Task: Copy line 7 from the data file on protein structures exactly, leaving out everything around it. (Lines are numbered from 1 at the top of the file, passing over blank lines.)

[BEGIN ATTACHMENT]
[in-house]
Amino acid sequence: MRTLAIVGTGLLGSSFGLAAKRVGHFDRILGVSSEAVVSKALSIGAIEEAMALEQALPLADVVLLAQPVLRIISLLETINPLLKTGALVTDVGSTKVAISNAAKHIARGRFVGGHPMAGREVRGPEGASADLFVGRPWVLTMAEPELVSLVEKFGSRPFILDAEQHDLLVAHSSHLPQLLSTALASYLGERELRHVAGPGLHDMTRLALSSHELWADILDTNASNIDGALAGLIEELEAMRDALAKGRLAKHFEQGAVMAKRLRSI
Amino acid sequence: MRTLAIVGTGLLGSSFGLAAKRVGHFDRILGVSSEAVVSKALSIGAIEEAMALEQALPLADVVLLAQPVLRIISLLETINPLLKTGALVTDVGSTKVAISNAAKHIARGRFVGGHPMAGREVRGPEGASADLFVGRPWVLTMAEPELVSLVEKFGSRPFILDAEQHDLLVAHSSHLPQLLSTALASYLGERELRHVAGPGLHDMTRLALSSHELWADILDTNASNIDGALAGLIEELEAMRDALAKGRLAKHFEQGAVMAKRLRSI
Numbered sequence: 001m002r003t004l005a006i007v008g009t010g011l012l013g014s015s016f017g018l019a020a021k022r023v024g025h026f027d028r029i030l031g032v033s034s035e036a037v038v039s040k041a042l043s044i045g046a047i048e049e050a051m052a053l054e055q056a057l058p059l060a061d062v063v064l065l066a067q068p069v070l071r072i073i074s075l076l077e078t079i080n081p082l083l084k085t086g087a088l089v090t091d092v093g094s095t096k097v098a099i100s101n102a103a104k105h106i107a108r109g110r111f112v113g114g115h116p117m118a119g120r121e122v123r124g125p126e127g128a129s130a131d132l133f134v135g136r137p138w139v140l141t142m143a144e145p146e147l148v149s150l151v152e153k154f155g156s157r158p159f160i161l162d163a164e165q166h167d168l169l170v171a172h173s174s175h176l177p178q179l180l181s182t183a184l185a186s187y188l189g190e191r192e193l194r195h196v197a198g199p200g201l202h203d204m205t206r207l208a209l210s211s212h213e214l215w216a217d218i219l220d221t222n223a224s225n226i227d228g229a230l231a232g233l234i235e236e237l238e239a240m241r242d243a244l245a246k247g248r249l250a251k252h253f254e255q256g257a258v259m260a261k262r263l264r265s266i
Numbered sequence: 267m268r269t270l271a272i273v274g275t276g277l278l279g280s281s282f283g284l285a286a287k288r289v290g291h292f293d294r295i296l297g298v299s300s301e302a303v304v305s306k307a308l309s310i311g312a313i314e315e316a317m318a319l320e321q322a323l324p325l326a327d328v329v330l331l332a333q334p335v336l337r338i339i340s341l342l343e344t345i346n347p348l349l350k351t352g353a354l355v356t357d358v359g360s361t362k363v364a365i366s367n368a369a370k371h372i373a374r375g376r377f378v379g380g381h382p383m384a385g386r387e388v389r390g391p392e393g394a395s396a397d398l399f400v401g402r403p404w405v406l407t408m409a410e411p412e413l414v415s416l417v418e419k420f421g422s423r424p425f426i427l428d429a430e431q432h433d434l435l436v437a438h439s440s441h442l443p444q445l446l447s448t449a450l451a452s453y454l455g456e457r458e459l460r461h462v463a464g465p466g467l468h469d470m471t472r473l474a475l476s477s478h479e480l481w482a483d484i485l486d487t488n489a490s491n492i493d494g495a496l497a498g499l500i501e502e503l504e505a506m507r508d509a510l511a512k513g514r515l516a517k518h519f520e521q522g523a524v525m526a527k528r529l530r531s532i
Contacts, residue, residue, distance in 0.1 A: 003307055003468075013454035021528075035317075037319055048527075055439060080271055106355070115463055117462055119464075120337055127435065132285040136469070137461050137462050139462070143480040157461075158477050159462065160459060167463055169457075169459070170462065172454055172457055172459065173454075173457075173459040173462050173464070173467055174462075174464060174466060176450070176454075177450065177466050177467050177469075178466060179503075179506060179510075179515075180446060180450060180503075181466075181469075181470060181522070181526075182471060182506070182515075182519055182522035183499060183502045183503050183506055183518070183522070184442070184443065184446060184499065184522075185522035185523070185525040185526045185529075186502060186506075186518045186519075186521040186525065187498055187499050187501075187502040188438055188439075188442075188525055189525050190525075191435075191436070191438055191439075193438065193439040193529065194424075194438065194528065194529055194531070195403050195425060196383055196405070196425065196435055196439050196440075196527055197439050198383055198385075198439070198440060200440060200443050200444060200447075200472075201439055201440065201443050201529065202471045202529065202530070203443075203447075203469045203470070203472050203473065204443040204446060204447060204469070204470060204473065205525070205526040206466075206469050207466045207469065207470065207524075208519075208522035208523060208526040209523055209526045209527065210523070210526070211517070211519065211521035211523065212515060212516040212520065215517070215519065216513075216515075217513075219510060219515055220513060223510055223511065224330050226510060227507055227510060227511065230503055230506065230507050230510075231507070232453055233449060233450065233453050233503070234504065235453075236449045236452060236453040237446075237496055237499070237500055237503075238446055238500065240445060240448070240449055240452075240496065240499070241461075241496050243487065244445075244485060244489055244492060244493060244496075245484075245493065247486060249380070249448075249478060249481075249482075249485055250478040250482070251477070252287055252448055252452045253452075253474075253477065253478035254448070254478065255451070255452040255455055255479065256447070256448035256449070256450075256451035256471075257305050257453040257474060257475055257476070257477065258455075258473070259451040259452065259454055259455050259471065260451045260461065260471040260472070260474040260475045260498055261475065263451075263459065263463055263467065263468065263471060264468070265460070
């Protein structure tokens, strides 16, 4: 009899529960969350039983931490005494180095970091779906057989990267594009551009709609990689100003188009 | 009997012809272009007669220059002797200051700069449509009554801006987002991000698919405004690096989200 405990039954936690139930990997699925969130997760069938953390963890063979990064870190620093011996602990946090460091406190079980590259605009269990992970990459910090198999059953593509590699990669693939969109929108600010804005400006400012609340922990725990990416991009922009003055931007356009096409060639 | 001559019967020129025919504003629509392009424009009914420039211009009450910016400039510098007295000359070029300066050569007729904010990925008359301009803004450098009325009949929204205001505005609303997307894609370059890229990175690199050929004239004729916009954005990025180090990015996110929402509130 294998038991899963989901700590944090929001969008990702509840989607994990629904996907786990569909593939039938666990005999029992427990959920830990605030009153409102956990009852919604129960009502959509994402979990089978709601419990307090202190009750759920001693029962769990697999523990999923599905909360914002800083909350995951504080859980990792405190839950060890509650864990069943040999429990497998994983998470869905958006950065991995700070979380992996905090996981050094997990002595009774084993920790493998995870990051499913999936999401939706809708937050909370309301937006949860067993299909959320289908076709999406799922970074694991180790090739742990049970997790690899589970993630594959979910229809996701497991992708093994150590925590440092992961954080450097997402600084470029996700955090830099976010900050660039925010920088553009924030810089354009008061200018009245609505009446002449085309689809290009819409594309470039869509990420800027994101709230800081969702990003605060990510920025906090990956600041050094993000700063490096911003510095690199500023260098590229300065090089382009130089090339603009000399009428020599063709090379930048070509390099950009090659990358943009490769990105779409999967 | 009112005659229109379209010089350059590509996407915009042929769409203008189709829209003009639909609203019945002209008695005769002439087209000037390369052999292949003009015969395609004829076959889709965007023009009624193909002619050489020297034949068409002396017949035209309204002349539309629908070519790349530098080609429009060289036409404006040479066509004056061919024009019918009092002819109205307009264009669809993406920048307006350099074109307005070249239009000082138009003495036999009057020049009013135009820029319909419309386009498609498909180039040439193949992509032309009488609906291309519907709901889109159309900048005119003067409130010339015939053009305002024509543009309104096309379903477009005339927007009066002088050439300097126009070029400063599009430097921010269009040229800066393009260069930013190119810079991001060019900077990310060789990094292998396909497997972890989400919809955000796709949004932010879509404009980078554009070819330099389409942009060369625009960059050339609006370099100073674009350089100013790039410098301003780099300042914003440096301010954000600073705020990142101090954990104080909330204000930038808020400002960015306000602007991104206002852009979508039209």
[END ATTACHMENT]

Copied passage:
């Protein structure tokens, strides 16, 4: 009899529960969350039983931490005494180095970091779906057989990267594009551009709609990689100003188009 | 009997012809272009007669220059002797200051700069449509009554801006987002991000698919405004690096989200 405990039954936690139930990997699925969130997760069938953390963890063979990064870190620093011996602990946090460091406190079980590259605009269990992970990459910090198999059953593509590699990669693939969109929108600010804005400006400012609340922990725990990416991009922009003055931007356009096409060639 | 001559019967020129025919504003629509392009424009009914420039211009009450910016400039510098007295000359070029300066050569007729904010990925008359301009803004450098009325009949929204205001505005609303997307894609370059890229990175690199050929004239004729916009954005990025180090990015996110929402509130 294998038991899963989901700590944090929001969008990702509840989607994990629904996907786990569909593939039938666990005999029992427990959920830990605030009153409102956990009852919604129960009502959509994402979990089978709601419990307090202190009750759920001693029962769990697999523990999923599905909360914002800083909350995951504080859980990792405190839950060890509650864990069943040999429990497998994983998470869905958006950065991995700070979380992996905090996981050094997990002595009774084993920790493998995870990051499913999936999401939706809708937050909370309301937006949860067993299909959320289908076709999406799922970074694991180790090739742990049970997790690899589970993630594959979910229809996701497991992708093994150590925590440092992961954080450097997402600084470029996700955090830099976010900050660039925010920088553009924030810089354009008061200018009245609505009446002449085309689809290009819409594309470039869509990420800027994101709230800081969702990003605060990510920025906090990956600041050094993000700063490096911003510095690199500023260098590229300065090089382009130089090339603009000399009428020599063709090379930048070509390099950009090659990358943009490769990105779409999967 | 009112005659229109379209010089350059590509996407915009042929769409203008189709829209003009639909609203019945002209008695005769002439087209000037390369052999292949003009015969395609004829076959889709965007023009009624193909002619050489020297034949068409002396017949035209309204002349539309629908070519790349530098080609429009060289036409404006040479066509004056061919024009019918009092002819109205307009264009669809993406920048307006350099074109307005070249239009000082138009003495036999009057020049009013135009820029319909419309386009498609498909180039040439193949992509032309009488609906291309519907709901889109159309900048005119003067409130010339015939053009305002024509543009309104096309379903477009005339927007009066002088050439300097126009070029400063599009430097921010269009040229800066393009260069930013190119810079991001060019900077990310060789990094292998396909497997972890989400919809955000796709949004932010879509404009980078554009070819330099389409942009060369625009960059050339609006370099100073674009350089100013790039410098301003780099300042914003440096301010954000600073705020990142101090954990104080909330204000930038808020400002960015306000602007991104206002852009979508039209």